The Modernist #34
In the enduring search for the peaceful rural ideal it can be easy to forget that the ‘rural’ acts as a conduit for the modern. Through their role in transport, militarisation or energy production, these pastoral, bucolic or rugged areas have evolved their own architectures and infrastructures. A dam halfway... Read More
In the enduring search for the peaceful rural ideal it can be easy to forget that the ‘rural’ acts as a conduit for the modern. Through their role in transport, militarisation or energy production, these pastoral, bucolic or rugged areas have evolved their own architectures and infrastructures. A dam halfway up a mountain, for example, is a surprise – a startling juxtaposition – but as with so many edifices it is there for one reason: to help us live.
The rural modern also deals with the consequences of this life, be it a litter bin for our detritus or a concrete bus shelter designed to protect us from the Hebridean elements. Larger structures become part of identity, embodying a community role which transcends their function. As symbols of working and social life, their memory persists long after the structures themselves have gone. The recent demolition of Ironbridge B’s cooling towers – designed to blend with the landscape – will stand as testament to this. Whilst its industrial revolution neighbours are preserved in the nearby gorge, these modern structures are cleared to make way for a new modern: it is up to us to preserve these as best we can – through our words, memories, images and interpretations, something which will become more pressing as an increasing number of post-war examples reach the end of their working lives.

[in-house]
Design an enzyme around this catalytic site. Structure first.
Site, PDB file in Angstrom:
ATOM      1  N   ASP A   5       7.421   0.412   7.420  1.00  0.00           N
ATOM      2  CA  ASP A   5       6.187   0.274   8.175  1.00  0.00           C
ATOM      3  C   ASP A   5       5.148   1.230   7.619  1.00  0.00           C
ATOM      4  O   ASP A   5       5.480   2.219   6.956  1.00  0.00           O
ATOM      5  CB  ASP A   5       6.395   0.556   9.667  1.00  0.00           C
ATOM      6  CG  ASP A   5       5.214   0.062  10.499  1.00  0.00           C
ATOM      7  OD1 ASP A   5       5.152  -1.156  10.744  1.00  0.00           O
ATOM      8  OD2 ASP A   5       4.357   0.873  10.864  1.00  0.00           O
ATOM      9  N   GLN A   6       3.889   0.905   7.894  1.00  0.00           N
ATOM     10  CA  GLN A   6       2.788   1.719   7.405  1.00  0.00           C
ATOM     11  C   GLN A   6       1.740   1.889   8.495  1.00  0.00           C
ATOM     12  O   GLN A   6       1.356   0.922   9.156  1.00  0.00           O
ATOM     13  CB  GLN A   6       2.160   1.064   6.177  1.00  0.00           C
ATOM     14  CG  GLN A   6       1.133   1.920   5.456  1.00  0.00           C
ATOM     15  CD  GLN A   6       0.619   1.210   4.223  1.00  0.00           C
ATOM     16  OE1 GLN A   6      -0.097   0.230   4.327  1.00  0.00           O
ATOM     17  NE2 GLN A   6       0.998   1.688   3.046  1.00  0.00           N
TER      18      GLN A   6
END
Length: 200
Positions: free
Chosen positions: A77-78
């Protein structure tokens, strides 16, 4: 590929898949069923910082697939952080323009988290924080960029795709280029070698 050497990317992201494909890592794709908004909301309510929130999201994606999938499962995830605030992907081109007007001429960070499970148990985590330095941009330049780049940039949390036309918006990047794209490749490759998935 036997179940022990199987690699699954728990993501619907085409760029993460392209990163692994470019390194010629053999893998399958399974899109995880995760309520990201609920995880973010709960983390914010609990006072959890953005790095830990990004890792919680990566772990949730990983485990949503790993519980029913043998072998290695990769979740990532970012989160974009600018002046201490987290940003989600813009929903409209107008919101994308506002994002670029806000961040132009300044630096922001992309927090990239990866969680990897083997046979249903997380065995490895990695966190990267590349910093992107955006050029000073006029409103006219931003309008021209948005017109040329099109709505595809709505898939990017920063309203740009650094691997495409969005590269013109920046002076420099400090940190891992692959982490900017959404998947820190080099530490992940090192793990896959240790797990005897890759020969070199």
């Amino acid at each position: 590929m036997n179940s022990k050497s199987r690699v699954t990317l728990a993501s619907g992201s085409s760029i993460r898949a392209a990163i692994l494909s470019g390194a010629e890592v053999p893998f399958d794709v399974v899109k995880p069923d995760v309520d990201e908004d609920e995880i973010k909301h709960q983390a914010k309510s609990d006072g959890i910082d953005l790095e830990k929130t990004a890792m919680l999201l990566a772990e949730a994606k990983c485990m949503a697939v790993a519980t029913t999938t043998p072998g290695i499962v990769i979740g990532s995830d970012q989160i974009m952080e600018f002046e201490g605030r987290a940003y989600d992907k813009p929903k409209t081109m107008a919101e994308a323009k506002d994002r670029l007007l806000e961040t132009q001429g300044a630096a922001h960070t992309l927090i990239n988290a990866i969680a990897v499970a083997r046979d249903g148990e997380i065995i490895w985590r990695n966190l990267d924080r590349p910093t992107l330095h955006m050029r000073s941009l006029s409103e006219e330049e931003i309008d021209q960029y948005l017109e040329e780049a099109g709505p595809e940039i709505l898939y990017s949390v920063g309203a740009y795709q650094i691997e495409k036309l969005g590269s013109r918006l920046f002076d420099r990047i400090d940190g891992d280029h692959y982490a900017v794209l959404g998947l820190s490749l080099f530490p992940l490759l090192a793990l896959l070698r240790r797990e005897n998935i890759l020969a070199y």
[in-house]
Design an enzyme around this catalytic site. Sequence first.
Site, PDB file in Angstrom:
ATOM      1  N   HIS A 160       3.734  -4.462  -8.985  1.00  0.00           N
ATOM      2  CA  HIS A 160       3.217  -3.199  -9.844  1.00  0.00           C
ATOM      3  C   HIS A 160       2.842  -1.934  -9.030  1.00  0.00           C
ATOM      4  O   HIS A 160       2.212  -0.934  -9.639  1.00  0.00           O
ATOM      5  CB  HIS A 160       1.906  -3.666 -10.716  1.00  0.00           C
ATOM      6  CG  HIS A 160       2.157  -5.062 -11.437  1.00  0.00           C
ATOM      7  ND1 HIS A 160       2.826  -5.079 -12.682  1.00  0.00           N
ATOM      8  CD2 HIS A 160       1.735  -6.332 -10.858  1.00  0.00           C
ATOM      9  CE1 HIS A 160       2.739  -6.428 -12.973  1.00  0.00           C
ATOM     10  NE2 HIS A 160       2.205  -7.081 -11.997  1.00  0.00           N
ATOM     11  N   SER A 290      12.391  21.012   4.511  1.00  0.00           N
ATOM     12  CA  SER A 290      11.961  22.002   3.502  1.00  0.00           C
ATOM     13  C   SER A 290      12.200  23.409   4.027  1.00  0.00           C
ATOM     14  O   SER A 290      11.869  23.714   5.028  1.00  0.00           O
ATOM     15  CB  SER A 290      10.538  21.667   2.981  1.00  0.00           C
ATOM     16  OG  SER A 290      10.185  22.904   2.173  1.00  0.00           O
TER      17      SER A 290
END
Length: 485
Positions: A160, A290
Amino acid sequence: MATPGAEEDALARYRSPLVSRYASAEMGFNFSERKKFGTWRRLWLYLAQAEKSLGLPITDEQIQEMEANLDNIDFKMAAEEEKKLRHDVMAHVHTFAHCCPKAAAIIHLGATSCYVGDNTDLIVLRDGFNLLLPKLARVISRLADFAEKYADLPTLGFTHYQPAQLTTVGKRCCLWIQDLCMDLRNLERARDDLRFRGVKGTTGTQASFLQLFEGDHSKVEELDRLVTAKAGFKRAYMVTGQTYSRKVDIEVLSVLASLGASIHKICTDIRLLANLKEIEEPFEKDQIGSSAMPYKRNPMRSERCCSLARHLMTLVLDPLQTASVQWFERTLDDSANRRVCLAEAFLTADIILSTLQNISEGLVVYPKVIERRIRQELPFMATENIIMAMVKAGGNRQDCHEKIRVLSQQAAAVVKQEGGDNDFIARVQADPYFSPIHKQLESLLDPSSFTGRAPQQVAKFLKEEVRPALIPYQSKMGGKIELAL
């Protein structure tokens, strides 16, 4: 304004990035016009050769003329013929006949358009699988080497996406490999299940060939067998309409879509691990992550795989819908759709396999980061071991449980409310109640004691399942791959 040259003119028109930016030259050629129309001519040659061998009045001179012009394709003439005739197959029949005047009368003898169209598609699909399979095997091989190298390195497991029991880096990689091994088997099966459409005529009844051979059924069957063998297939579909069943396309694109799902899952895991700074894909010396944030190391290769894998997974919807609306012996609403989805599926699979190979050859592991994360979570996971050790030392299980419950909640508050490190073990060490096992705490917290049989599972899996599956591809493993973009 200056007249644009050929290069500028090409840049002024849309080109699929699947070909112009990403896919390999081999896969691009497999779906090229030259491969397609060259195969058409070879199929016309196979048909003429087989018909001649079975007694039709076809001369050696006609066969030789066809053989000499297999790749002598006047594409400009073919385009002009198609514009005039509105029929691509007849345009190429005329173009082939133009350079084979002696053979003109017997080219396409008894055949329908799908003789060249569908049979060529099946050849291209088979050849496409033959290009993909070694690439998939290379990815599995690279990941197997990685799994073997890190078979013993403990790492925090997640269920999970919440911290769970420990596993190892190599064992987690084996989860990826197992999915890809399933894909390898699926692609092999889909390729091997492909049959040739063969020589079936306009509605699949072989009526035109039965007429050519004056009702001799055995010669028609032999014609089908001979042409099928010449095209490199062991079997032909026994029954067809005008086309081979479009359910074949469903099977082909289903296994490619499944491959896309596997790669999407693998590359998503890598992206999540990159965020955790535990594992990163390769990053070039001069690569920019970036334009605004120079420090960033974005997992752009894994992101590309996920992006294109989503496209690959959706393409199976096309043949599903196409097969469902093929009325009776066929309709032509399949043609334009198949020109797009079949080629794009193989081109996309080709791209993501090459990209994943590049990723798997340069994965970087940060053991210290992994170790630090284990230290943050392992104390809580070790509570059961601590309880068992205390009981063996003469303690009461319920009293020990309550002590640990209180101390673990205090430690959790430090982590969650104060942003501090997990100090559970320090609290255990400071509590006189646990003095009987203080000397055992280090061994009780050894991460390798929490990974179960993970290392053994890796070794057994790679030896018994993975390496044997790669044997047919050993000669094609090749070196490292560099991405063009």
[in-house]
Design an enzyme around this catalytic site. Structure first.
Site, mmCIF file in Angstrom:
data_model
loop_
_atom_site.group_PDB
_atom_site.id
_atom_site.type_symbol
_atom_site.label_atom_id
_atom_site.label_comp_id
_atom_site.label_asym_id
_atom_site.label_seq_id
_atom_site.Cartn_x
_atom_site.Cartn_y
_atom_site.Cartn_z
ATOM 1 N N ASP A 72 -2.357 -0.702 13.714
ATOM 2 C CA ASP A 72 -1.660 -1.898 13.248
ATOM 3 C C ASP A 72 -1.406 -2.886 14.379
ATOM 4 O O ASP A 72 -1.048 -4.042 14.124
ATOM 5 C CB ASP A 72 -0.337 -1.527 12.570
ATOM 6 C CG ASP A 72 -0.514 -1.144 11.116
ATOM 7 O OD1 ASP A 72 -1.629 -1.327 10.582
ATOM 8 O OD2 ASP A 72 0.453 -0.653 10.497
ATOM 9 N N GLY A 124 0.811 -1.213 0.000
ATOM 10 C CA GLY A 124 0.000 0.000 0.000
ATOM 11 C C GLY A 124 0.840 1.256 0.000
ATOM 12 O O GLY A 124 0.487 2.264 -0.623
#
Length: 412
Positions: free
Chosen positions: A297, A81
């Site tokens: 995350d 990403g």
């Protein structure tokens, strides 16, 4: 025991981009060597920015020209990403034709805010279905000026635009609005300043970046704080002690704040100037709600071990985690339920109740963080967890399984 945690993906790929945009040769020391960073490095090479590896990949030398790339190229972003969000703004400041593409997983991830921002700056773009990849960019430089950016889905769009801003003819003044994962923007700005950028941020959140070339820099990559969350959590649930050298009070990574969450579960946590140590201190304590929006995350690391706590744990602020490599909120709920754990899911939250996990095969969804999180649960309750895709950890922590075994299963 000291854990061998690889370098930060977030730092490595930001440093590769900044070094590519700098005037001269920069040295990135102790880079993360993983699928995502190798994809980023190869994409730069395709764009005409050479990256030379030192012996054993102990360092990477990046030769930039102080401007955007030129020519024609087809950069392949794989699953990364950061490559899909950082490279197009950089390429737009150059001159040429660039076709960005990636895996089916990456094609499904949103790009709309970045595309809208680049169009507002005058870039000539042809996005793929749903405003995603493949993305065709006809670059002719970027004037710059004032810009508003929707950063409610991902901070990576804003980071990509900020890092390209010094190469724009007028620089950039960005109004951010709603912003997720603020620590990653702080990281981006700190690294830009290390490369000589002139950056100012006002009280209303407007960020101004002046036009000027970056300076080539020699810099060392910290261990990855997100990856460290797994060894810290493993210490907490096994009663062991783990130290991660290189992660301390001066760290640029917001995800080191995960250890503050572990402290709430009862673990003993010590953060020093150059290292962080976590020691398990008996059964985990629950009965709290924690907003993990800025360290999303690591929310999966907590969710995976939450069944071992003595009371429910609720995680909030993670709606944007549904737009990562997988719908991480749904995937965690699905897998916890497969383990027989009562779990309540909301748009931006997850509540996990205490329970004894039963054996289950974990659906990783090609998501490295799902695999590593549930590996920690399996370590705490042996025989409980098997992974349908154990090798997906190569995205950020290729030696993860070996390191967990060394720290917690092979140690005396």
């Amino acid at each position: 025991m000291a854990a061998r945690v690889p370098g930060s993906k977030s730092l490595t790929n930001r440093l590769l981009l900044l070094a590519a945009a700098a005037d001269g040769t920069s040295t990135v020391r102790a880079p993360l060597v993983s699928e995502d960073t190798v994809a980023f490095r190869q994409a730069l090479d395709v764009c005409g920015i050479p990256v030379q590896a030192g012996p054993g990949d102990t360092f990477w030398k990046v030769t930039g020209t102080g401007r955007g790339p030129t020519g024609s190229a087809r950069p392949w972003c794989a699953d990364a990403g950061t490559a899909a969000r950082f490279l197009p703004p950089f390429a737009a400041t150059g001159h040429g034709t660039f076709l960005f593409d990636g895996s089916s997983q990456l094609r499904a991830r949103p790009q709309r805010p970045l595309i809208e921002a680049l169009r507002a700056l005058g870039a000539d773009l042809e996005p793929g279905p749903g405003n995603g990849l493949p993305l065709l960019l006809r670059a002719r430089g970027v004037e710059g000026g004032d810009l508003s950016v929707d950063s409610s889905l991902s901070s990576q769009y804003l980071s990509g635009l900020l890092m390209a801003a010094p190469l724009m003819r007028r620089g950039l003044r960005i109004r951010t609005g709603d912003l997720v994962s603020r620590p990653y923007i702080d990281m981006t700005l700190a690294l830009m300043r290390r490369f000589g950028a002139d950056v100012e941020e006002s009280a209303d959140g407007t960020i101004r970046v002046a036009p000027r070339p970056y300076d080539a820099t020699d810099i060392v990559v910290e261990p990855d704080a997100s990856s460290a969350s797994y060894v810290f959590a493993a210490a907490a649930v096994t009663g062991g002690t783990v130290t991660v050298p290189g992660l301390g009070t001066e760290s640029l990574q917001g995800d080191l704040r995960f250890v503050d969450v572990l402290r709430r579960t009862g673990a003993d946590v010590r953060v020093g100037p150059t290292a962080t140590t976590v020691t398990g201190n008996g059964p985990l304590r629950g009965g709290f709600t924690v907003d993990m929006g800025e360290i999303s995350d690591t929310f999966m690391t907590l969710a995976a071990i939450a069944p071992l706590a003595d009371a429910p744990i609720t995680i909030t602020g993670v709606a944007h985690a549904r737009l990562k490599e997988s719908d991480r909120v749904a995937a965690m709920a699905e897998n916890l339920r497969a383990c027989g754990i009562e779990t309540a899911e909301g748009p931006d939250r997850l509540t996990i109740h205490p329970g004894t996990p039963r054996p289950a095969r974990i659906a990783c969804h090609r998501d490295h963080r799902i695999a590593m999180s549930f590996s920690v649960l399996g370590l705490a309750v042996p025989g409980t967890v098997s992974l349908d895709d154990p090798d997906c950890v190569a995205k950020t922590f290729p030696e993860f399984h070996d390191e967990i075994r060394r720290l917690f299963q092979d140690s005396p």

Join our contributors as we explore the diversity of rural modern juxtapositions, covering everything from domestic architecture to concrete ‘listening ears’ in the process.
INTRODUCTION / GUEST EDITOR Linda Ross
HEBRIDEAN BRUTALISM Alex Boyd // TECTON IN THE CHILTERNS Clare Griffiths // TURN ON THE WICHERT Karen Fitzsimon // ANTI-BUCOLIC Jethro Marshall // COME BACK MICHELANGELO! Andrew Demetrius // DENGE: THE TERMINAL BEACH Ashiya Eastwood // BINS: KEEP BRITAIN TIDY Katrina Navickas // CONCRETE & TALL GLASS: INVENTING A PLACE Ray Newman // NATURE NUTURED Robert Wringham // HARRIS FACTORY Philip Butler // BRUTALIST Vinca Power // REBUILDING A VALLEY Craig Austin
The Modernist is a quarterly printed publication about 20th century modernist architecture and design. Published in the North of England and now spreading its tentacles across the world.